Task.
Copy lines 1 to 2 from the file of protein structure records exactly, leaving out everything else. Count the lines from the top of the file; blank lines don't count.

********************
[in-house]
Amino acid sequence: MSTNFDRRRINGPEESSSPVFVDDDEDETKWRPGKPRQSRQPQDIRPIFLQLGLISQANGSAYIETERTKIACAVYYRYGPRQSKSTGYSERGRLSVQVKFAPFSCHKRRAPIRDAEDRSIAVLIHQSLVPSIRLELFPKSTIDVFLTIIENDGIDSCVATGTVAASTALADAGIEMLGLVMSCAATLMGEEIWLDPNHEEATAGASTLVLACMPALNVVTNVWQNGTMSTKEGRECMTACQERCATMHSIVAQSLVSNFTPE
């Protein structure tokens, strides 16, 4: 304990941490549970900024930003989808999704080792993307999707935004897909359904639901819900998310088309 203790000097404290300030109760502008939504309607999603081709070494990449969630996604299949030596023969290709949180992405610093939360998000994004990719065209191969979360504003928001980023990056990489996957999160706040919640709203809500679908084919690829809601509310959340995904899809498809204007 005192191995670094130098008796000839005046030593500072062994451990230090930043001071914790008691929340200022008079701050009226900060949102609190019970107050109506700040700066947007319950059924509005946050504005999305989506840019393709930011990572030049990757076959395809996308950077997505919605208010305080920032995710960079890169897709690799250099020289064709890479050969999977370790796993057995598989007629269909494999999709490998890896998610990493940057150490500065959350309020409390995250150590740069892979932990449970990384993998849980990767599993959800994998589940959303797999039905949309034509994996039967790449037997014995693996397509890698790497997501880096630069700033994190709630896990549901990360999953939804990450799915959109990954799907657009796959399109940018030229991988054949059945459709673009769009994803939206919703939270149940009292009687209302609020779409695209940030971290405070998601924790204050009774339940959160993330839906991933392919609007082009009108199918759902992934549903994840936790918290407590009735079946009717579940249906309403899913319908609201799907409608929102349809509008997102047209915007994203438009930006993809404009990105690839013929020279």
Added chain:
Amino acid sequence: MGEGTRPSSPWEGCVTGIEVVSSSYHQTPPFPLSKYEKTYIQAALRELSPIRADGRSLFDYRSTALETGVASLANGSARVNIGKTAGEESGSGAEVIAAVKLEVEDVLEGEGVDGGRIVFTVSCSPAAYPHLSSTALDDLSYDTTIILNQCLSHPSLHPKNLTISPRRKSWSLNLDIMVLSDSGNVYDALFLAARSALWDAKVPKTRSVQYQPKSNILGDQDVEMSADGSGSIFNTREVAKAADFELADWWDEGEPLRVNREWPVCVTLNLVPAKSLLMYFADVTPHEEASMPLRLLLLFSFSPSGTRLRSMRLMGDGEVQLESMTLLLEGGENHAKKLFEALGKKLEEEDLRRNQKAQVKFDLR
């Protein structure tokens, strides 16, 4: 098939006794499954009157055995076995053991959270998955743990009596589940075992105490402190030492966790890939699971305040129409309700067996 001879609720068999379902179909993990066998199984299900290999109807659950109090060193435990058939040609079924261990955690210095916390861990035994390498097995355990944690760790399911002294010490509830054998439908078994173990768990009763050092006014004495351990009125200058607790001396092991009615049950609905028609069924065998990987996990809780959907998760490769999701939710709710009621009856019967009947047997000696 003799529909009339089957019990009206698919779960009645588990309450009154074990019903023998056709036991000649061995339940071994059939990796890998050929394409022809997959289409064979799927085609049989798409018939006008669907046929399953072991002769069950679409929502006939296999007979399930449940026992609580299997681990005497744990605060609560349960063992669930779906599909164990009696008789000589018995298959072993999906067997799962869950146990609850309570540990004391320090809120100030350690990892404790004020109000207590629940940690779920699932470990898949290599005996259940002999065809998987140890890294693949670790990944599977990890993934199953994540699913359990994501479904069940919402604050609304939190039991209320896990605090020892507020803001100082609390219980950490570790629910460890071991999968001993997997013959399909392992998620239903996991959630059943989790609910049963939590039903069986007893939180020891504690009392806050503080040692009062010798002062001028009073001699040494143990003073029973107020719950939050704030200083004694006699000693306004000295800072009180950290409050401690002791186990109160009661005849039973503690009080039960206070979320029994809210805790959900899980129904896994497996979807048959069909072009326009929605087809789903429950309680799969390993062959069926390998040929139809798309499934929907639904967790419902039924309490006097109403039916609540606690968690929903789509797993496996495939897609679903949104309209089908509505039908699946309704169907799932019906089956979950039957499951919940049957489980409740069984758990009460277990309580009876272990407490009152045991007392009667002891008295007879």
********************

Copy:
[in-house]
Amino acid sequence: MSTNFDRRRINGPEESSSPVFVDDDEDETKWRPGKPRQSRQPQDIRPIFLQLGLISQANGSAYIETERTKIACAVYYRYGPRQSKSTGYSERGRLSVQVKFAPFSCHKRRAPIRDAEDRSIAVLIHQSLVPSIRLELFPKSTIDVFLTIIENDGIDSCVATGTVAASTALADAGIEMLGLVMSCAATLMGEEIWLDPNHEEATAGASTLVLACMPALNVVTNVWQNGTMSTKEGRECMTACQERCATMHSIVAQSLVSNFTPE